The omnibus appropriations bill the House will take up Thursday includes a measure to reauthorize Brand USA, the troubled corporation created by Congress to promote international visits to the U.S.
The charter for Brand USA is due to expire at the end of 2015, but the House has proposed reauthorizing it through 2020 and adding a few reporting measures in an attempt to correct the abuse of federal funds and conflicts of interest that have characterized the corporation (see page 217 of the omnibus bill).
The corporation works as a public-private partnership where funding from the private sector and local governments is matched by federal funding up to $100 million. Congress should think twice about giving blatant corporate welfare a second lease on life.
Here are three good reasons why:
- The trillion-dollar U.S. travel industry doesn’t need help from the federal government. Brand USA advocates paint a gloomy picture of America’s share in international tourism, hoping to demonstrate the need for federal dollars. The U.S. share “has decreased in the last 13 years,” they say.
But the figures are misleading to say the least. According to the Department of Commerce and the World Tourism Organization, the U.S. share of world travel has been growing slowly since the post-Sept.11 dip. America was the No.2 travel destination in the world last year and far and away had the most business – $140 billion was spent in the U.S. compared to half as much for the nearest competitor in the international travel market. The Department of Commerce expects more of the same, anticipating a 27 percent increase in international visits to America by 2019.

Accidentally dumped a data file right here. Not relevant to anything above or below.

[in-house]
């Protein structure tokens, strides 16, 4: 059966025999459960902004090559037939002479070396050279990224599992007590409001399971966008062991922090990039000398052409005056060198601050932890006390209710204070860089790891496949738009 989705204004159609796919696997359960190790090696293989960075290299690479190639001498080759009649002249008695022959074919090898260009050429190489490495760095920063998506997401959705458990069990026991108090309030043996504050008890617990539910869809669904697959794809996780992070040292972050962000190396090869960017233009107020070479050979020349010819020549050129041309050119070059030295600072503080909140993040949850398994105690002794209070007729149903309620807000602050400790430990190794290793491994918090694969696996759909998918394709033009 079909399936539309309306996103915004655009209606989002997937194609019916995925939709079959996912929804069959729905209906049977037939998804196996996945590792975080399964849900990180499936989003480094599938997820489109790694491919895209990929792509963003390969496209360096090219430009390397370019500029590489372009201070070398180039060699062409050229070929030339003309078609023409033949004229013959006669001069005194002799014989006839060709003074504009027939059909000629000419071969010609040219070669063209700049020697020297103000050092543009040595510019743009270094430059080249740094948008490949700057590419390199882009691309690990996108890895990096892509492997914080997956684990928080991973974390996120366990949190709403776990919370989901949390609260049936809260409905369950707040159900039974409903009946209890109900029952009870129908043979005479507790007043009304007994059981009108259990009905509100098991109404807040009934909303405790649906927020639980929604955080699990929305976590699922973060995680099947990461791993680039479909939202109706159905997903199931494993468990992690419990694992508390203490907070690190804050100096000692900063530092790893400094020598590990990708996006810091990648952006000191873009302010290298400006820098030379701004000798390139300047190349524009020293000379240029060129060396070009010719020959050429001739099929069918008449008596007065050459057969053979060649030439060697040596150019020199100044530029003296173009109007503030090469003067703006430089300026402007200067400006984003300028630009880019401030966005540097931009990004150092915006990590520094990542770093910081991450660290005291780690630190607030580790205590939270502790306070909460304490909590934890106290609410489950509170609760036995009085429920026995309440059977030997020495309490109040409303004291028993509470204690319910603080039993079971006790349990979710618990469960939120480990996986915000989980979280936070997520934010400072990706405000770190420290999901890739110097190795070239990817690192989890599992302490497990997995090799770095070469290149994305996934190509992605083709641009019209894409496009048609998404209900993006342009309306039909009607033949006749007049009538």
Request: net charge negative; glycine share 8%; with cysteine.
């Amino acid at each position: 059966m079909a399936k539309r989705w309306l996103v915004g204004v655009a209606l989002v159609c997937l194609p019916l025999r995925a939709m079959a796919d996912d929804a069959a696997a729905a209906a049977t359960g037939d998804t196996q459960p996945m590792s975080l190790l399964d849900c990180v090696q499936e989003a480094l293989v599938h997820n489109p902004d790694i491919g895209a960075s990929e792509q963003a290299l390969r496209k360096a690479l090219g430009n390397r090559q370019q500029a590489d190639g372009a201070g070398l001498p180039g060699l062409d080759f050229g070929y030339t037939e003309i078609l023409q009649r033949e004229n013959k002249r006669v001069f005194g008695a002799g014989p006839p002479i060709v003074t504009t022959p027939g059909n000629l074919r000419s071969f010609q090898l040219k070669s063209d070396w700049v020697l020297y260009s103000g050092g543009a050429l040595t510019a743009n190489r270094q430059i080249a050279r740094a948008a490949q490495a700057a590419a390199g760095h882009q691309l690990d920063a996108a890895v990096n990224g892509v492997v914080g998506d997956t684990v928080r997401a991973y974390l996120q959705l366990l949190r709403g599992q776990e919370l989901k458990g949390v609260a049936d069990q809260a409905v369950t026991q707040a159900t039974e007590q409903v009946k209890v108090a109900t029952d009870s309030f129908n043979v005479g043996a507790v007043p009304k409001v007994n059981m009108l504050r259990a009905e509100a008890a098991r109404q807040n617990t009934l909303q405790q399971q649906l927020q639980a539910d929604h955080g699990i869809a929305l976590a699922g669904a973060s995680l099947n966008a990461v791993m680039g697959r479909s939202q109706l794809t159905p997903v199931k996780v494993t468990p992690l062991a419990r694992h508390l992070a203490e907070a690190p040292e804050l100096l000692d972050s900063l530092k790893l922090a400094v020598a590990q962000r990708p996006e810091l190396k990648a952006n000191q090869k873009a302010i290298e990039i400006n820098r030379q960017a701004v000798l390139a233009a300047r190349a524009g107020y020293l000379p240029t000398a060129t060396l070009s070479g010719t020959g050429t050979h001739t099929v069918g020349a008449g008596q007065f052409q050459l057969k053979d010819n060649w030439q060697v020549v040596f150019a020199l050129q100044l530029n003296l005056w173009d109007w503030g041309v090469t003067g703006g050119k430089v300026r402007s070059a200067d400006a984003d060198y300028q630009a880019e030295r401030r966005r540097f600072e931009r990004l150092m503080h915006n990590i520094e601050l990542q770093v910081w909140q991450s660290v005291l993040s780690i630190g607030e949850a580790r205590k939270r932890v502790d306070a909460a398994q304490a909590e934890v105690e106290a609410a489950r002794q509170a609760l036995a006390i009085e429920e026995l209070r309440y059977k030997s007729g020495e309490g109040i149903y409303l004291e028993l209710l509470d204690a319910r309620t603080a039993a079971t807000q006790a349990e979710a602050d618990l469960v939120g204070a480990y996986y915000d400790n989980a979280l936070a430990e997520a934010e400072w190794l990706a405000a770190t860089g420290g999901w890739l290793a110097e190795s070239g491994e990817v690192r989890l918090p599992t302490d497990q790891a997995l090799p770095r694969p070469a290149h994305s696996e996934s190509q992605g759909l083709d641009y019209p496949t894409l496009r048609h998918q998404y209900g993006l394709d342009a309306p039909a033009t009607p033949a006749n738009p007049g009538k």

- Brand USA is redundant of the huge investments already being made by state and private travel organizations. States, regions and cities already spend significantly on tourism, in addition to the massive private industry. For example, Hawaii’s Tourism Authority spent $12.1 million on international tourism in 2013 and plans to spend more than $1 million more this year in addition to $1.5 million to work with Brand USA. Nowhere is it Congress’ responsibility to help an industry with marketing and communication strategies.
- Brand USA has serious allegations against it that must be dealt with. It is no accident that the bill to reauthorize Brand USA is called the “Travel Promotion, Enhancement, and Modernization Act.” Brand USA has been criticized for questionable business practices and it seems those problems may have only gotten deeper since.
Former Brand USA Vice President of Operations Mary Ellen Curto recently filed a lawsuit against Brand USA claiming that, among other things, the corporation fraudulently reported donations to get more federal matching funds, engaged in a formal kick-back scheme with partnering organizations, failed to hold competitive bids for services, hired personal friends as favors and violated conflict-of-interest rules.
For example, to attract more “donations” from the private sector and therefore more federal matching funds, Brand USA promised to use the $5 million donation from Visit California on Visit California’s existing advertising campaign as well as 30 percent of the federal matching funds.
In other words, according to Curto’s claims, Visit California paid a dollar to Brand USA and got $1.30 back from the federal government. A similar arrangement was made with Visit Florida These agreements became expected by partnering organizations as a precondition for a “donation,” but were not disclosed in Brand USA reports to Congress.
Further, Brand USA allegedly inflated the market value of donations to increase the federal matching amount. Curto explained that in one such instance IMAX donated images to Brand USA at a self-appraised worth of $30 million. When the Department of Commerce required the pictures be appraised by an outside company, the pictures were valued at only $1 million. Consequently, Brand USA searched for a new appraiser who could value the pictures at $30 million – it found such a person at a used bookstore in California.
Ultimately, whether Brand USA increases international travel to the U.S. is beside the point. Americans would rightly be outraged if the federal government had created a corporation to promote “big oil” or “big business.” Corporate welfare to the tourism industry is no different.